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Maltese PM steps down amid public pressure over murder of journalist Daphne Caruana Galizia

Malta has chosen a new Prime Minister after Joseph Muscat stepped down amid public protests calling for the truth about the murder of journalist Daphne Caruana Galizia more than two years ago.

More than half (58 per cent) of the members of Malta’s ruling Labour Party who were eligible to vote elected Robert Abela as the Mediterranean island’s new leader yesterday.

Muscat has left midway through his second term in office amid demands for accountability over the killing of anti-corruption journalist Caruana Galizia in a car bomb attack near her home in October 2017.

His departure follows efforts by the Caruana Galizia family and press freedom groups such as Reporters Without Borders to bring her killers, and the masterminds behind the attack, to justice.

An independent inquiry into the killing launched in September last year.

A close aide to Muscat was questioned in connection with Caruana Galizia’s killing, denied wrongdoing and was released while still under investigation.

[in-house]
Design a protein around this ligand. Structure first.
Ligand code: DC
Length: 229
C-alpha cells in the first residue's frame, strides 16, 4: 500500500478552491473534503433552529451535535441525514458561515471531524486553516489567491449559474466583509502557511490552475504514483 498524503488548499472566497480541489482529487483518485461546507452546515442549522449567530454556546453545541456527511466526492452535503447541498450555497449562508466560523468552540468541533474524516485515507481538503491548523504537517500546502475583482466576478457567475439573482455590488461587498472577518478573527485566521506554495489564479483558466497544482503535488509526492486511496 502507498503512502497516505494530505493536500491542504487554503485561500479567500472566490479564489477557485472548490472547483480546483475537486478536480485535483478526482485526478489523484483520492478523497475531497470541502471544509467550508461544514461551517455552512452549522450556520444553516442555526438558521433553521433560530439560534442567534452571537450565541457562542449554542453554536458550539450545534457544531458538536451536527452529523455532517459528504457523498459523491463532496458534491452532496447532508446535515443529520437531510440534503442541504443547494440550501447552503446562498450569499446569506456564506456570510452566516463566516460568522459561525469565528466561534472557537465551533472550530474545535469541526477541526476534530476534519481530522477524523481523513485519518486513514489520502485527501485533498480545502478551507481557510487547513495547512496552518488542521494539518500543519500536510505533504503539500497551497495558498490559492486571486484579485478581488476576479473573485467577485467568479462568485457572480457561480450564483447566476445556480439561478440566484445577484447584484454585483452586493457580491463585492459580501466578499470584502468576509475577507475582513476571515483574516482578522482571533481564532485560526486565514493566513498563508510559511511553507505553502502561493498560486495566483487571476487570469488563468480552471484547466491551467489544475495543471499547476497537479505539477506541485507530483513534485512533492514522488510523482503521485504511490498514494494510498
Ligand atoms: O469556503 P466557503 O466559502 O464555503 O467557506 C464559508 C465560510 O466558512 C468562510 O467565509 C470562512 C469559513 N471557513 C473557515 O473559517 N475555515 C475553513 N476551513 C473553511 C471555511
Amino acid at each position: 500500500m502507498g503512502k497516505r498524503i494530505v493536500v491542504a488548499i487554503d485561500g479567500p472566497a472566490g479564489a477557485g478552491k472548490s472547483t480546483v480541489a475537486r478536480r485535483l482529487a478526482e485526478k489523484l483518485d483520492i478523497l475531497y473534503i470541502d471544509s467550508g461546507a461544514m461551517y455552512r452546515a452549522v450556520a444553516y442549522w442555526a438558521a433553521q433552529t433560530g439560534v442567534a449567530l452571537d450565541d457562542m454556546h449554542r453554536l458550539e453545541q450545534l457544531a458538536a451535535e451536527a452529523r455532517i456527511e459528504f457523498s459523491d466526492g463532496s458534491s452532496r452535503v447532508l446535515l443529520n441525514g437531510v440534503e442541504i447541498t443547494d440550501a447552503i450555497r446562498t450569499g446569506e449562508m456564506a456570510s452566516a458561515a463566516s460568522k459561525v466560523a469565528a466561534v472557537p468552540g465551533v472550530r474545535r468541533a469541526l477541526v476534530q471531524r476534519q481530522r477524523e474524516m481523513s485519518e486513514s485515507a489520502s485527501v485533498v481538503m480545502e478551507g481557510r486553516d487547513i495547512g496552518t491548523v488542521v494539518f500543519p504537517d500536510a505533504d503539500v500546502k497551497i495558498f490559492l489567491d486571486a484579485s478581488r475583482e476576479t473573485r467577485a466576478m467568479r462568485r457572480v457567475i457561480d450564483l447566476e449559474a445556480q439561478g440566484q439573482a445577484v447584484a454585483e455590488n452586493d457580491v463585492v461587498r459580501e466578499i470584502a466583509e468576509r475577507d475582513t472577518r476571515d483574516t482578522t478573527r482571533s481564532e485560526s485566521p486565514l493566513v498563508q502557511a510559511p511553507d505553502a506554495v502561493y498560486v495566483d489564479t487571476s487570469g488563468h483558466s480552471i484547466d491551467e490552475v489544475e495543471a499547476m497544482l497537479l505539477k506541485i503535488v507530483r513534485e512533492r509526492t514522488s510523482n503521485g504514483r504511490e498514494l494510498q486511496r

A Maltese hotelier, who denies involvement, has been accused of complicity in the killing. Three other men, accused of triggering the car bomb, are under arrest.

In his victory speech on Sunday night, Abela did not assess Muscat’s beleaguered final stretch in office, but did pledge before the party vote to help repair Malta’s reputation.

A re-occurring word in the 42-year-old’s victory speech, delivered after embracing and shaking hands with some of the hundreds of supporters packed into a sports arena, was “continuity”.

Muscat earlier tweeted his congratulations, saying: “Proud to be handing over to him #Malta PM office on Monday.” Abela was sworn in today.

Before being chosen as Labour leader, Abela said he would work to restore Malta’s reputation for rule of law. European Union politicians had criticised the member nation’s judiciary and police.

Muscat had beaten Abela’s father in the race for the party leadership in 2008. George Abela was later appointed president, serving from 2009 until 2014.

Malta’s new Prime Minister told his supporters that he will press on with an agenda focused on “unity, equality, social mobility and justice”.

Picture: AP Photo/Rene Rossignaud

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